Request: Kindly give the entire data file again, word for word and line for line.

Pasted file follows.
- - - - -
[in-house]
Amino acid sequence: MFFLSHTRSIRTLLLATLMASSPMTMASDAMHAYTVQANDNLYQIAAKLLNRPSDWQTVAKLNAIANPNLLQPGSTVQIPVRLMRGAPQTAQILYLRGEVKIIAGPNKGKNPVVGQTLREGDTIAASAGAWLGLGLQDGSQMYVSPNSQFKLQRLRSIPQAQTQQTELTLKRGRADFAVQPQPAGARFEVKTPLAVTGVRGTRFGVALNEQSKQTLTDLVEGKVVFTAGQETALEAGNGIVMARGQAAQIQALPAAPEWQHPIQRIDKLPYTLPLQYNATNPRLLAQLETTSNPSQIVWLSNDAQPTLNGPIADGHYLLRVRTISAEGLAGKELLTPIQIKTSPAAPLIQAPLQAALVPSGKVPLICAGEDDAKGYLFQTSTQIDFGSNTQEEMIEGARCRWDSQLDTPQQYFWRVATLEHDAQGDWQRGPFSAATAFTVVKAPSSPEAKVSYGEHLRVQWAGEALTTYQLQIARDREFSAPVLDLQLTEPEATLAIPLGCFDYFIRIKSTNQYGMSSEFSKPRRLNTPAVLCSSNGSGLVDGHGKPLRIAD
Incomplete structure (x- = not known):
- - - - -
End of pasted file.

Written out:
[in-house]
Amino acid sequence: MFFLSHTRSIRTLLLATLMASSPMTMASDAMHAYTVQANDNLYQIAAKLLNRPSDWQTVAKLNAIANPNLLQPGSTVQIPVRLMRGAPQTAQILYLRGEVKIIAGPNKGKNPVVGQTLREGDTIAASAGAWLGLGLQDGSQMYVSPNSQFKLQRLRSIPQAQTQQTELTLKRGRADFAVQPQPAGARFEVKTPLAVTGVRGTRFGVALNEQSKQTLTDLVEGKVVFTAGQETALEAGNGIVMARGQAAQIQALPAAPEWQHPIQRIDKLPYTLPLQYNATNPRLLAQLETTSNPSQIVWLSNDAQPTLNGPIADGHYLLRVRTISAEGLAGKELLTPIQIKTSPAAPLIQAPLQAALVPSGKVPLICAGEDDAKGYLFQTSTQIDFGSNTQEEMIEGARCRWDSQLDTPQQYFWRVATLEHDAQGDWQRGPFSAATAFTVVKAPSSPEAKVSYGEHLRVQWAGEALTTYQLQIARDREFSAPVLDLQLTEPEATLAIPLGCFDYFIRIKSTNQYGMSSEFSKPRRLNTPAVLCSSNGSGLVDGHGKPLRIAD
Incomplete structure (x- = not known):